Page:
As Linear Ratings Continue to Slide, Buyers Say Those Viewers Will ‘Never’ Return to TV

Cord-cutting and new OTT offerings continue linear's decadelong decline

Images of screens and cables
Over the last decade, broadcast ratings among adults 18-49 have fallen as much as 59%.
Illustration: Trent Joaquin; Sources: Getty Images

As usual, the broadcast networks entered the new TV season with the same glass-half-full optimism exhibited by baseball teams in spring training, where it’s all blue skies and high hopes until the season officially begins.

But the reality is that linear ratings will continue to plummet this season, as viewing habits continue to rapidly change as a result of cord-cutting and a glut of current and new streaming services. Last season, three out of five broadcasters saw double-digit declines in 18-49 ratings versus the previous season. NBC fell 27% to a 1.6, ABC dropped 20% to a 1.2 and The CW plummeted 33% to a 0.4; CBS and Fox were flat with a 1.5.

The downtrend trend is already apparent in the first three days of the new season, as only one new show debuted to a 1.0 rating or higher in the 18-49 demo. That was Fox’s Prodigal Son, which squeaked in with a 1.0 exactly.

Over the past decade, 18-49 ratings have plummeted between 43% and 59% across the big four broadcast networks. NBC dropped from a 2.8 rating in 2008-09 to a 1.6 in 2018-19 (43%), CBS fell from a 3.1 to a 1.5 (52%), ABC fell from a 2.9 to a 1.2 (59%) and Fox stumbled from a 3.6 to a 1.5 (58%).

Source: Nielsen

And while all of the major media companies wrapped strong TV upfronts—and networks point to delayed viewing numbers that frequently cause those live-plus-same-day numbers to double or triple in size—buyers are searching for other options.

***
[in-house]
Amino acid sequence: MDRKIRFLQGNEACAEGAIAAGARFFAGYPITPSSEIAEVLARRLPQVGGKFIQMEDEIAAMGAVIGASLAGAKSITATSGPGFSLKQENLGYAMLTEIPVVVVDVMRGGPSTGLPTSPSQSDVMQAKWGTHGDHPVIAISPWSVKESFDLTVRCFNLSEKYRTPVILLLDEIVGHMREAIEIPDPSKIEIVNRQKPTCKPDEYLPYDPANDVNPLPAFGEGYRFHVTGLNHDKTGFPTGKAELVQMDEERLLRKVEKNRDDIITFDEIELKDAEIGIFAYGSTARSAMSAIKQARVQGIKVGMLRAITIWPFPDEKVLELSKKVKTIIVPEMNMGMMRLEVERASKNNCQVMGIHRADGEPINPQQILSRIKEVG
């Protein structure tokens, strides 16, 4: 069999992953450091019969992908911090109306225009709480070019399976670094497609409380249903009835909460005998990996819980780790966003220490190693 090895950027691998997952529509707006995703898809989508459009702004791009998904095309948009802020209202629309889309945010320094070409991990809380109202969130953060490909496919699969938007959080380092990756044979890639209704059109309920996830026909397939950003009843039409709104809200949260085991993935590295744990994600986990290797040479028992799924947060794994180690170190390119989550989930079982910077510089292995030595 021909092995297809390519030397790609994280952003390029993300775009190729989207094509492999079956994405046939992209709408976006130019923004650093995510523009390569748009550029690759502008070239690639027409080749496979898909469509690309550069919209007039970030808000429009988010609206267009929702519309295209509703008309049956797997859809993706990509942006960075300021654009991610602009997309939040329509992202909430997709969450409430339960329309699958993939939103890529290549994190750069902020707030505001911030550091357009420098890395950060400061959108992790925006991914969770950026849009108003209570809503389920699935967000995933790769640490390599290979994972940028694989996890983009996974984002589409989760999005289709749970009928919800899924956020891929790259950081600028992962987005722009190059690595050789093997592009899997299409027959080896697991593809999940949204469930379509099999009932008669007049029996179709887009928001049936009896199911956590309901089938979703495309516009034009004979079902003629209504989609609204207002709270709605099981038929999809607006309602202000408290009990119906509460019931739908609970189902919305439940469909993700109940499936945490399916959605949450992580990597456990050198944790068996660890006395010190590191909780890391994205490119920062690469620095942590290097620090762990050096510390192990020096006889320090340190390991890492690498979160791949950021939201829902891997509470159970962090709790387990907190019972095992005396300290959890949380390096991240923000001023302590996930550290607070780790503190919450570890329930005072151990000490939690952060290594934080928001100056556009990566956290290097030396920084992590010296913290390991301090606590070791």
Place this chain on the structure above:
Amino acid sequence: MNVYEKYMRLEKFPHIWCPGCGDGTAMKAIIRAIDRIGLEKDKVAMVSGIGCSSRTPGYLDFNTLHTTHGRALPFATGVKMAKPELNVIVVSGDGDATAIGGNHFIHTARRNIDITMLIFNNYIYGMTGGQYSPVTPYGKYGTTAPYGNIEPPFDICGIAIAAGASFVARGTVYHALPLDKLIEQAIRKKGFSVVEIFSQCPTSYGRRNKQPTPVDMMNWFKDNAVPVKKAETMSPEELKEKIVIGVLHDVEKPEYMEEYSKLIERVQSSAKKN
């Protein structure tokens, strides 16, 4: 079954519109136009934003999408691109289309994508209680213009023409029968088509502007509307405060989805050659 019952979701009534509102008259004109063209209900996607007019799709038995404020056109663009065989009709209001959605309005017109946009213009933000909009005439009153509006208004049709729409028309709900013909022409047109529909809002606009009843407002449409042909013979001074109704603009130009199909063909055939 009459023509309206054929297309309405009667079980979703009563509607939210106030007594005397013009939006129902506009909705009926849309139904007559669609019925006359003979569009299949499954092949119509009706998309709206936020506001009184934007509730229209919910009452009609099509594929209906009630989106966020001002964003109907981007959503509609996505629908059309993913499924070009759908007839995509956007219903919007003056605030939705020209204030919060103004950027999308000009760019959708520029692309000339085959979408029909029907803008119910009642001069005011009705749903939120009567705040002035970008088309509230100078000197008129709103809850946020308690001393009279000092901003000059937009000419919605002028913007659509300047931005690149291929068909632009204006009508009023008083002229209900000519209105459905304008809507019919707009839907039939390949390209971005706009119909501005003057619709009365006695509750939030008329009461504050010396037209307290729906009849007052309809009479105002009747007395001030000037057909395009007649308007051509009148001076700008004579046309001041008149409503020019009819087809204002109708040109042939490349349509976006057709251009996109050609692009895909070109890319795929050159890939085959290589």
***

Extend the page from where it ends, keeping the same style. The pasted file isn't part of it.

“We’re forecasting that they will continue to decline,” said Maureen Bosetti, chief partnerships officer at Initiative. “We are continuing to look for new sources of supply to replace those ratings, because they’re never coming back to television. We all know that.”

“We are continuing to look for new sources of supply to replace those ratings, because they’re never coming back to television. We all know that.”
Maureen Bosetti, chief partnerships officer at Initiative

Peak TV continues to accelerate: According to FX’s research team this summer, we’re on track for 520 scripted series to air this year, breaking last year’s record of 496 and leaving audiences with more nonbroadcast options than ever before.

Meanwhile, connected TV usage continues to grow, as viewers gravitate to both ad-supported video on demand and subscription VOD options. With several new streaming services set to launch this season—including Apple TV+ and Disney+ in November, and WarnerMedia’s HBO Max and NBCUniversal’s Peacock next spring—buyers expect those ratings losses to continue.

“We’re aggressively moving money into OTT in order to find those audiences, wherever they’re consuming content,” said Bosetti. “It will continue to impact linear TV [ratings],” which is why media companies like Disney, WarnerMedia and NBCUniversal are rolling out their own streaming products.

As live linear ratings fall once again, “we will continue to see a shift, and delayed viewing will grow, more than ever before,” said Carrie Drinkwater, executive director of integrated investments at MullenLowe’s Mediahub.

Another buyer, speaking anonymously, criticized the broadcasters for not doing enough to keep viewers from fleeing their networks.

The new crop of shows are “the same old, same old,” said the buyer. “It’s not like the networks seem to be doing anything about it to improve things. And clients read all this stuff and think, why are we not spending more money on streaming services?”

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